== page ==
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Details of Grant 

EPSRC Reference: EP/I03453X/1
Title: Contact ion activation: A new approach to enhanced mass spectrometry imaging
Principal Investigator: Vaidyanathan, Dr S
Other Investigators:
Researcher Co-Investigators:
Project Partners:
Department: Chemical & Biological Engineering
Organisation: University of Sheffield
Scheme: First Grant - Revised 2009
Starts: 01 July 2011 Ends: 31 August 2012 Value (£): 100,945
EPSRC Research Topic Classifications:
Analytical Science Instrumentation Eng. & Dev.
EPSRC Industrial Sector Classifications:
No relevance to Underpinning Sectors
Related Grants:
Panel History:
Panel DatePanel NameOutcome
09 Feb 2011 Physical Sciences Chemistry - Feb Announced
Summary on Grant Application Form
Mass spectrometry is one of the most sensitive techniques, but the desorption approaches (for example ToF-SIMS), which are used to detect and image chemical changes in solid samples, have poor efficiencies of converting molecules to ions in the analytical process. Besides, they generate fragments. The former reduces detection sensitivities and the latter makes spectral interpretations difficult, especially when using the technique in a non-targeted mode. There is considerable room for development in this area, as currently only one in a thousand molecules are ionised at best, and these are broken into fragments that are spread across the spectrum. This proposal aims to develop an analytical tool that will enhance the ionization probabilities of surface molecules and yield more easily interpretable, diagnostically significant mass spectra. This will enable us to examine molecular processes at close quarters at the site of its activity (in situ), with high sensitivities of detection, and understand the changes that take place at the chemical level. We propose to investigate a novel ion activation approach that will significantly enhance the capability of mass spectrometry imaging, especially ToF-SIMS imaging. We will achieve this through controlled vapour mediated and plasma mediated proton transfer reactions as methods to a) increase the ionization probability of molecules on surfaces, whilst preserving their spatial distribution on the sample surface and b) increase their diagnostic value for in situ biochemical characterisations. We will focus on developing the technology for detecting and imaging metabolites (small molecules that participate and mediate several cellular processes) in biological cells and tissues, for non-targeted analysis, such as in situ metabolomics. However, this will have a wider application, in other areas, such as polymer analysis. The proposed work is the development of an enabling technology that will enhance the capability of mass spectrometry imaging of organic surfaces, especially for studying biological systems. It will also provide a new avenue for further developments of mass spectrometric detections, in general. This investigation will have wider implications in biological and biomedical sciences, by enabling potentially new discoveries to be made.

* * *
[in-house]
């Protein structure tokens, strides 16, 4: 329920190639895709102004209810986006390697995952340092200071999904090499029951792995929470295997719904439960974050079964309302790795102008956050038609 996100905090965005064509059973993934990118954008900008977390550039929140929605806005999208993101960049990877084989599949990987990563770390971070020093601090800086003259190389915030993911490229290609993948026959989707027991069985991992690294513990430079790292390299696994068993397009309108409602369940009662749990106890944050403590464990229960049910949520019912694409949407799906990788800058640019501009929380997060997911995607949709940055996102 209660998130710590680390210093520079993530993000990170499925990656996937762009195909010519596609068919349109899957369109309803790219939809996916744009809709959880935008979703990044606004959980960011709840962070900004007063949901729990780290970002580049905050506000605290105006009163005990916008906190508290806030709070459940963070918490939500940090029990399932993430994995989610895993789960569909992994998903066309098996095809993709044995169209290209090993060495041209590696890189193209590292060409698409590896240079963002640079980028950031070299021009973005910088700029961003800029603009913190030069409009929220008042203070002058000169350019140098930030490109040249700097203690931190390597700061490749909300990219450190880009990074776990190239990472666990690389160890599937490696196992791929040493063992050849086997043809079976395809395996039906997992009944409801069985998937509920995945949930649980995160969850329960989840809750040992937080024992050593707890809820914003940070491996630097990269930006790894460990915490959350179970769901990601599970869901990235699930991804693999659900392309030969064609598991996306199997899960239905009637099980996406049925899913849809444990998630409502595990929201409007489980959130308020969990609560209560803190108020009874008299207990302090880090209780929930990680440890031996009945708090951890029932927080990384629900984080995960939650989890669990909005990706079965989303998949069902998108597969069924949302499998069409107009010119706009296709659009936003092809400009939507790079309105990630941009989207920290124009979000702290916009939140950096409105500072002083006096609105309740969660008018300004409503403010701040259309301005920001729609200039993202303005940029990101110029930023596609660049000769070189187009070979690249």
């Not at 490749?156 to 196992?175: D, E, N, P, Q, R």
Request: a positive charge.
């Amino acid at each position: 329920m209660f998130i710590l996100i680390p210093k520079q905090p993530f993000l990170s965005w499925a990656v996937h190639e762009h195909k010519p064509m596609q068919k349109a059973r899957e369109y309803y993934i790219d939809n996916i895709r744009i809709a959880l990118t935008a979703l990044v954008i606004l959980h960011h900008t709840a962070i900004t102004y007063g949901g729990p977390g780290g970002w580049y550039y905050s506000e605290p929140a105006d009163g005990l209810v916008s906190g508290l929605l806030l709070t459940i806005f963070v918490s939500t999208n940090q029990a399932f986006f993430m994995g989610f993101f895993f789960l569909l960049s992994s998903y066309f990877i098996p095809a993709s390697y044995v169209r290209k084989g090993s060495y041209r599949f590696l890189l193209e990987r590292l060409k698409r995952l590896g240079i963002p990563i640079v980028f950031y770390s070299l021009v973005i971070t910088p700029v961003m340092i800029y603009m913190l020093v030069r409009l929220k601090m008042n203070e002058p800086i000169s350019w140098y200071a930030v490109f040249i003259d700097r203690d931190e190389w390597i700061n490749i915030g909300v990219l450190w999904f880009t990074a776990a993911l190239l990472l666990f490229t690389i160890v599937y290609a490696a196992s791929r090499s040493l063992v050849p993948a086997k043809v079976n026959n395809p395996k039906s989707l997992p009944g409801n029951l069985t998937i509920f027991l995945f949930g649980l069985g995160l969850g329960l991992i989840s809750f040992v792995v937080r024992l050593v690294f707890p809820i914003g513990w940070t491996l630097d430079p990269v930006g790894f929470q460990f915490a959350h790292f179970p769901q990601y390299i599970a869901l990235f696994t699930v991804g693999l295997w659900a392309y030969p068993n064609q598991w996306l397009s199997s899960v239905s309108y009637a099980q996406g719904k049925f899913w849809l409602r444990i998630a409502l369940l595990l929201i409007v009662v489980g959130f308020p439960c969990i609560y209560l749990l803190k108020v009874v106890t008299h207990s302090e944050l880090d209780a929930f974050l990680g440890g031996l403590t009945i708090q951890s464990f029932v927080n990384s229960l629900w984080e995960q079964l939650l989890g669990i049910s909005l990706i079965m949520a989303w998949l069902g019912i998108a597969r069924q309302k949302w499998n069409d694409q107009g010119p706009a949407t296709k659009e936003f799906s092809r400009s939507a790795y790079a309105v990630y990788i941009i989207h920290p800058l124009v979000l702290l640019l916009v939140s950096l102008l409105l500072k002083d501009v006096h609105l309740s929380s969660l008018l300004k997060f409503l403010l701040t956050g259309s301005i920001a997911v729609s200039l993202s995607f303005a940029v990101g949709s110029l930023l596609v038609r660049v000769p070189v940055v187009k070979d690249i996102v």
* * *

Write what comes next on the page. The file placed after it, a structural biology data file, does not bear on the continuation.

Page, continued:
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Organisation Website: http://www.shef.ac.uk